Don’t Be A Horrible Boss

iStock_000002194992XSmallI came across a great article on Inc. today by Geoffrey James. It listed 9 core beliefs of horrible bosses. I’m sharing this as a bit of a public service. Most of the core beliefs he list sound horrible to those managers who know how to manage well, but even they sometimes run afoul of a couple of these. It’s worth giving the list a read to see what areas you can focus on to strengthen yourself as a manager. Plus, hopefully it will make life a little better for a few employees out there.

The belief that I found myself to be guilty of the most, early in my career, was the fourth on the list. If something really needed to be done, I only relied on myself to do it. That problem was partly due to my perfectionism and partly due to experiences where people had dropped the ball. I got tired of trying to fix things at the last minute and preferred to take care of those issues myself. I eventually learned that I was approaching things the wrong way and started working on ensuring that the people I was working with had both the resources and time needed to get their jobs done. Low and behold, the issues dropped off and everyone, myself included, produced higher quality work.

The one belief that I think might be misinterpreted is actually the first on the list. It’s about management being about command and control. The article says that horrible bosses think they are supposed to order employees to do something and make sure that they do it. James posits that smart bosses know that management is about helping employees to be successful and making the tough decisions that they can’t make on their own.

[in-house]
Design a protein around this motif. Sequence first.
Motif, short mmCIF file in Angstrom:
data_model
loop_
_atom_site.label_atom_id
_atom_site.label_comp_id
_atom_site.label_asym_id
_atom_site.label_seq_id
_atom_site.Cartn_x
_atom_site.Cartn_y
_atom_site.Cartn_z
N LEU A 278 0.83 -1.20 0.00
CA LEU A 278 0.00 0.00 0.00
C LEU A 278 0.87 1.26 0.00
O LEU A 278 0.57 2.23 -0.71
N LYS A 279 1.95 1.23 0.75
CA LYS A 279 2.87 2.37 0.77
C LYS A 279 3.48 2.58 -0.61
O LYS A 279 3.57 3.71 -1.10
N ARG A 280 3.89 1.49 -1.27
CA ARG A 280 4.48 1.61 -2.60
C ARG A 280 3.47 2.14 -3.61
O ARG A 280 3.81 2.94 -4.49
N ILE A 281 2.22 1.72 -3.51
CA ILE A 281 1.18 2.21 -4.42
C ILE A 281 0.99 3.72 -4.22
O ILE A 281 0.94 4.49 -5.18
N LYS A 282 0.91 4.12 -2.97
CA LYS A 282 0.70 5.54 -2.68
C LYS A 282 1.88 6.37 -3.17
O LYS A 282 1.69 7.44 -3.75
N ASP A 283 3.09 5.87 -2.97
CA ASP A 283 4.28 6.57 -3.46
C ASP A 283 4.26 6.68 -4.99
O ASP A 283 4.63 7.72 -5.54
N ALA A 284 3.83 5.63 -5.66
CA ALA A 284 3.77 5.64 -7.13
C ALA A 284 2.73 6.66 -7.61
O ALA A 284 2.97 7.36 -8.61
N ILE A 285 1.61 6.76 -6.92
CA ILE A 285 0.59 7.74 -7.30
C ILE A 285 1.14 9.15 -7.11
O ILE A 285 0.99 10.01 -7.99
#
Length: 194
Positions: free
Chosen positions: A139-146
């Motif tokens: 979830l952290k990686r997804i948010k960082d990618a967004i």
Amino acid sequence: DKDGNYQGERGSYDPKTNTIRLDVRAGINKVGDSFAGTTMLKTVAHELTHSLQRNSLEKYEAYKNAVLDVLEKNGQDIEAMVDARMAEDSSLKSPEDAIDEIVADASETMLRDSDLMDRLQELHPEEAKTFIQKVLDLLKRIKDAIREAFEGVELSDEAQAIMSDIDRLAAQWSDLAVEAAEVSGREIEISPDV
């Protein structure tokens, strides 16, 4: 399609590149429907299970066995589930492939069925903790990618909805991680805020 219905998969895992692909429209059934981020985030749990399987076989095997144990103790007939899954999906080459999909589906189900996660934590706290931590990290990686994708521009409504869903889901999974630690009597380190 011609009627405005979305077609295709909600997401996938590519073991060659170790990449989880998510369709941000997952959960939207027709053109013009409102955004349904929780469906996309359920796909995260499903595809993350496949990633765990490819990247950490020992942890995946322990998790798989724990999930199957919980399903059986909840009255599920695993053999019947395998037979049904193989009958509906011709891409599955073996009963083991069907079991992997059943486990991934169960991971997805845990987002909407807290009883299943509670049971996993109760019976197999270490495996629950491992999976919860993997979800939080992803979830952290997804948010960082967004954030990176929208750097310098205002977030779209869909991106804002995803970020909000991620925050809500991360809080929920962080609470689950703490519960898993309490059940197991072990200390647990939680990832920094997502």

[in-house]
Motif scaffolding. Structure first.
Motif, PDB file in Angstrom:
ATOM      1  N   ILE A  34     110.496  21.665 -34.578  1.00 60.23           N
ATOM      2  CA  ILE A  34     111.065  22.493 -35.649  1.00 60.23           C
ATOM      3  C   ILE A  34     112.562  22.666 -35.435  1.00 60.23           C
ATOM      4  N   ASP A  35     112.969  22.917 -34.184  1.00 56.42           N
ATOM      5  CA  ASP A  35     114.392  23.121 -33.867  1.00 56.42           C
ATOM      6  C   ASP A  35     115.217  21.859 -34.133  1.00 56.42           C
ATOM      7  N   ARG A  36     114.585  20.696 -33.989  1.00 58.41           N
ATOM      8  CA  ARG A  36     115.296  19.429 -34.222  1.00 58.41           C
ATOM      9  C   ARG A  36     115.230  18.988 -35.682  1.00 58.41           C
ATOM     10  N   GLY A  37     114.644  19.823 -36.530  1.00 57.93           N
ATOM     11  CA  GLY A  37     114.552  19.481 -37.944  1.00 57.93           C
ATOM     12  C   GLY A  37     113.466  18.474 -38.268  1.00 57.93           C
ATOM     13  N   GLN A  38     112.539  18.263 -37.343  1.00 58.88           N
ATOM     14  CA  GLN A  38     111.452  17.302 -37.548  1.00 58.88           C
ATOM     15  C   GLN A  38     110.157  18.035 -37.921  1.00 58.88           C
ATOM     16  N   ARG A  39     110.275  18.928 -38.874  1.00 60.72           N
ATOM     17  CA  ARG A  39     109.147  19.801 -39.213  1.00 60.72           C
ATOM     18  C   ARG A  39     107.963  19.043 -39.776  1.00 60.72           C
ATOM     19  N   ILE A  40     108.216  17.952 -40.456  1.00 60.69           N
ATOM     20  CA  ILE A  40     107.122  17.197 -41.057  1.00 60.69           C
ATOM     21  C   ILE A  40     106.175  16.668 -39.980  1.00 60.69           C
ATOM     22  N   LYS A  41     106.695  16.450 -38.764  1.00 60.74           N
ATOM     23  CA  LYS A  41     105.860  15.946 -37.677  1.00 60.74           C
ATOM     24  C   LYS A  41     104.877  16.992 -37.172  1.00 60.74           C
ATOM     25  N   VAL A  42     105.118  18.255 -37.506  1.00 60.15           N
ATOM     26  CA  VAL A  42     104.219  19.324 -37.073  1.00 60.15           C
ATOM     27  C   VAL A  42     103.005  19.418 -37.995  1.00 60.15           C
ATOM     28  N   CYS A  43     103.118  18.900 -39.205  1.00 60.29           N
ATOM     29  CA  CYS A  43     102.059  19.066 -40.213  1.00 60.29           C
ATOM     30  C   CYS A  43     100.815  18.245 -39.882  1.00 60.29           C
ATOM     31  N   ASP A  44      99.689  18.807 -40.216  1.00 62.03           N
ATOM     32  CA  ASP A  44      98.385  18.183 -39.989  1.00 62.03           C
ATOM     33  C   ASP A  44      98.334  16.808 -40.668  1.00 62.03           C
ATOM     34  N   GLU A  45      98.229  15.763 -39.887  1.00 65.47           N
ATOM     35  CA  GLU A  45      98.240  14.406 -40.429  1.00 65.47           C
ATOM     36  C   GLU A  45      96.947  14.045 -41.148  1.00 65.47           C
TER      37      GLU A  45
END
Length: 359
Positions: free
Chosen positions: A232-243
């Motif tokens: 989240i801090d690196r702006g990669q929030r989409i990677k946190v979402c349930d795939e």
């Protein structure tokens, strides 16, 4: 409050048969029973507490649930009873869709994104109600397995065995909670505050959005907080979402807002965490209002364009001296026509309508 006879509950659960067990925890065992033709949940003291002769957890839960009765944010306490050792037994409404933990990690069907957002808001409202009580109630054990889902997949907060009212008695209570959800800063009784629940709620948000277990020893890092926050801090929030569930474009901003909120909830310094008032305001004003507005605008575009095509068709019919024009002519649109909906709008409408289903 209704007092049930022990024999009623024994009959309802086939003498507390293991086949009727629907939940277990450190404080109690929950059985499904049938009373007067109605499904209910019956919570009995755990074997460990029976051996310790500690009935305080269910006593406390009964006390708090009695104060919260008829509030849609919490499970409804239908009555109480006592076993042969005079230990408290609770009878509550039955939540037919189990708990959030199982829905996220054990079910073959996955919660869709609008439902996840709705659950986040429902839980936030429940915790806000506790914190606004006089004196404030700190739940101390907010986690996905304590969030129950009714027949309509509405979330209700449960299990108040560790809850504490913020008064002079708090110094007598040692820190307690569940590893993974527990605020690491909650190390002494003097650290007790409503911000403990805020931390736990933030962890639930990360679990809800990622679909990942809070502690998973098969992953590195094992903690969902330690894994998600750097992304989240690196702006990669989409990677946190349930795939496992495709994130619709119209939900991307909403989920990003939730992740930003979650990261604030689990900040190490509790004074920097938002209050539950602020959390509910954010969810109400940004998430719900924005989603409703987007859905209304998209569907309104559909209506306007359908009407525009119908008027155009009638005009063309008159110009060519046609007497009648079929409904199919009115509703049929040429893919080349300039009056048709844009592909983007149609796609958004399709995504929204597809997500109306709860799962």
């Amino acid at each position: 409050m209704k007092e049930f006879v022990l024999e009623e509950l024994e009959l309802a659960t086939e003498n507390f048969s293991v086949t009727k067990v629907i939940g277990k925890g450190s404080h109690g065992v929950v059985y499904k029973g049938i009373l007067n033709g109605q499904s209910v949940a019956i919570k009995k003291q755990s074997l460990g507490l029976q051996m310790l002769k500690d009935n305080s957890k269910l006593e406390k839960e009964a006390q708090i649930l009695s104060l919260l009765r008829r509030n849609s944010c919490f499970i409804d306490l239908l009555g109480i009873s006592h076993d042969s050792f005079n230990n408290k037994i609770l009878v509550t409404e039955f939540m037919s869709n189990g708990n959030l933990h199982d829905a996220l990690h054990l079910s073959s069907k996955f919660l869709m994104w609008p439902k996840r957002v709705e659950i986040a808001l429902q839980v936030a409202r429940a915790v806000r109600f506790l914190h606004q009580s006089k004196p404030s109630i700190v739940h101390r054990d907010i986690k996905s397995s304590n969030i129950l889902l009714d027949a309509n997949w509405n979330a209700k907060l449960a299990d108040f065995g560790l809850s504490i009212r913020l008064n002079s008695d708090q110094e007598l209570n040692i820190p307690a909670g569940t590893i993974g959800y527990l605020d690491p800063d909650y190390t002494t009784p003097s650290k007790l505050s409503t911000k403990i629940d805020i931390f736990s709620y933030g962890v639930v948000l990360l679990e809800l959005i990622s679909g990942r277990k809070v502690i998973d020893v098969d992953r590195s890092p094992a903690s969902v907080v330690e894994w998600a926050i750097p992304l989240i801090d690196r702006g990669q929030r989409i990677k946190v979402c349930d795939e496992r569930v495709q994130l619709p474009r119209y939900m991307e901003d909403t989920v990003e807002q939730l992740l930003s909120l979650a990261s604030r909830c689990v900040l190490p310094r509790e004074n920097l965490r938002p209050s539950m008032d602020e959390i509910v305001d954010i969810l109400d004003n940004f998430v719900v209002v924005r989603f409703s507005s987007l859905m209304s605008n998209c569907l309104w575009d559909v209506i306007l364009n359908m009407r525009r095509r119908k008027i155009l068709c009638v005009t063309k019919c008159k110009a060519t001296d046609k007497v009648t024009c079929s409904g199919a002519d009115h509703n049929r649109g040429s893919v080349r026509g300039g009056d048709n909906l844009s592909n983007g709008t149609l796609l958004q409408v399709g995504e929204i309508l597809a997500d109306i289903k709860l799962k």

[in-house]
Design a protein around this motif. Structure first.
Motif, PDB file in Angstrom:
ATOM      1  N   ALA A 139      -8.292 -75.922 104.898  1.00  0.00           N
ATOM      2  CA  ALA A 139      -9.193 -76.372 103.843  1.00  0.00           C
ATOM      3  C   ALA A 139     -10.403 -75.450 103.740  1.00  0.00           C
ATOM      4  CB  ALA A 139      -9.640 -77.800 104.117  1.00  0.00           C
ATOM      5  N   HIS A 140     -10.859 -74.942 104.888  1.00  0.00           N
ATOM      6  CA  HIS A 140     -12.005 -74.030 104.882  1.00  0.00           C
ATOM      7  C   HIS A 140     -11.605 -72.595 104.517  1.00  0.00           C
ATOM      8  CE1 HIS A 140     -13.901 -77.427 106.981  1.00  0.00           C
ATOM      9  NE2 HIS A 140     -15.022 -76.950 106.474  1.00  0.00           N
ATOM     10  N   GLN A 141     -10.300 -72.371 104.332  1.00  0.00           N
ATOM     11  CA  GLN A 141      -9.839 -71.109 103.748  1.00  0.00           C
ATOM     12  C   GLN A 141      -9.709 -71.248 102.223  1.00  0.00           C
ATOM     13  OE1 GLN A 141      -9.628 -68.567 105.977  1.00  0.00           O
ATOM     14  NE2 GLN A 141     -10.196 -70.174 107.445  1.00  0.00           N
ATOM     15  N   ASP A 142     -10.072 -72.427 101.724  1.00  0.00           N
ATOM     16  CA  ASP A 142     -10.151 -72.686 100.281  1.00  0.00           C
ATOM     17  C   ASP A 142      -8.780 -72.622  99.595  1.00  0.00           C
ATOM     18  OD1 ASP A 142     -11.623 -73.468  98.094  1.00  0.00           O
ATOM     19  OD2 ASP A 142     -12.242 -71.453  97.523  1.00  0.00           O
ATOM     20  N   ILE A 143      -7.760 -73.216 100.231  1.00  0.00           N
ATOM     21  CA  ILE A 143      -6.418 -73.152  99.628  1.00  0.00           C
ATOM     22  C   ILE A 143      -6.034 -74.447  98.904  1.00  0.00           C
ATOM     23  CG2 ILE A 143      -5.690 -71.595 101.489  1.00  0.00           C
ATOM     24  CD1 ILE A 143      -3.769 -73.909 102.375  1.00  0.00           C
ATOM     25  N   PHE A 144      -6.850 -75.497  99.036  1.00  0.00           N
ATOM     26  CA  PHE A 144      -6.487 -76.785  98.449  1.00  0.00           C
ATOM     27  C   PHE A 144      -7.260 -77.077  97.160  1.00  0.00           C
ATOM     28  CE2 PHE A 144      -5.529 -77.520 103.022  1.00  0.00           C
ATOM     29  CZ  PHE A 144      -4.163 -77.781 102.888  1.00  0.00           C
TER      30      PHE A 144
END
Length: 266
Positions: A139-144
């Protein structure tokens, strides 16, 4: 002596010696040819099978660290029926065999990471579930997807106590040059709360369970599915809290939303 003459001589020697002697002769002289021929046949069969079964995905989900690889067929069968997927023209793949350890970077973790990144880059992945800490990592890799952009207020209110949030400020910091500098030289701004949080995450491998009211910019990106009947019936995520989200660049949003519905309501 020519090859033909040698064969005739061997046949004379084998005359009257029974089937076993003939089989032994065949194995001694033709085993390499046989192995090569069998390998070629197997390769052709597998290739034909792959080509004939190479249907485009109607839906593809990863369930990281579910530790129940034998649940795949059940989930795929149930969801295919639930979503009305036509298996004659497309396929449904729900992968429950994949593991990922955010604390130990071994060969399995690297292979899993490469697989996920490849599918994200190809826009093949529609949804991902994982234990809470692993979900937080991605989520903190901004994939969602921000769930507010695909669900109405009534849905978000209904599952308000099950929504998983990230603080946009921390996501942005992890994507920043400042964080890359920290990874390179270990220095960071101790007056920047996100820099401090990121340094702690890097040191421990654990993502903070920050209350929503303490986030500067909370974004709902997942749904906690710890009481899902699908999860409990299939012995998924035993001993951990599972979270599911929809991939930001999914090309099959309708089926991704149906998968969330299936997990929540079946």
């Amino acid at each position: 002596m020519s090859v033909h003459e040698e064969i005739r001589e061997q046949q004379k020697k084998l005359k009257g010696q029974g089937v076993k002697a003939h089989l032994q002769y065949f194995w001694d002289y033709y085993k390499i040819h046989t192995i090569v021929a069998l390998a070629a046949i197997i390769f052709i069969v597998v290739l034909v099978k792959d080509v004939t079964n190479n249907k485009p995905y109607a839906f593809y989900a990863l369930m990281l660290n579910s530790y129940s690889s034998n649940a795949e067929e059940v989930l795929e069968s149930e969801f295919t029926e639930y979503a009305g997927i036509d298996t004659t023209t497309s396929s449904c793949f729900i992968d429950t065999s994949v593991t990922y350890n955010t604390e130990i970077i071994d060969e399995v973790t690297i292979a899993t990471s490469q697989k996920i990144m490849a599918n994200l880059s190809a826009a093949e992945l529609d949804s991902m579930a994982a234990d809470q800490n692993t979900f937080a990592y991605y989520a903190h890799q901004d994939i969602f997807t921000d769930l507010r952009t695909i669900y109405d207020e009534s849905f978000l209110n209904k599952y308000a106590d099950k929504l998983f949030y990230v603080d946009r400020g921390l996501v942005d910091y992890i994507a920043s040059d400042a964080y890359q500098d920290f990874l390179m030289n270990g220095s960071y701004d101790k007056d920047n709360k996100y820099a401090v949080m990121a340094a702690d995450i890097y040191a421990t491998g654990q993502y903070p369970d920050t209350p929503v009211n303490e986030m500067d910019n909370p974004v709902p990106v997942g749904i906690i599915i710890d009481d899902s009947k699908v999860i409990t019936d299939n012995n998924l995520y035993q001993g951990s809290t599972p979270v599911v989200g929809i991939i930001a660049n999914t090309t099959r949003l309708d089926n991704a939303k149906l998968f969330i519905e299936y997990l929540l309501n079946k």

I would say it’s a little of A and a little of B. Sometimes you do have to assign tasks. You also have to ensure that tasks are being completed. Otherwise, that can have negative implications for other team members that are relying on their work. A smart manager does go beyond that though and ensures that the employee has what is necessary to be successful. However, I disagree that bosses should make decisions that are too hard for their employees.

Employees should present a proposed solution to their boss when they don’t have the authority to make the decision. Or if the boss is the only one with the information necessary to make an informed decision, the employee should speak with the boss and work towards getting the right decision made. The boss should not be making hard decisions for the employee. That is the opposite of what a smart boss would want to do because it disempowers the employee. Besides, if the employee has been doing all the work on a task, they should be the closest to understanding any complexities surrounding the decision and, in most cases should have the best all around perspective.

Overall, I enjoyed the article and it got me thinking, which is the most important point of an article like this. If you have any thoughts on the list or any thoughts on my thoughts of the list, let me know in the comments below.

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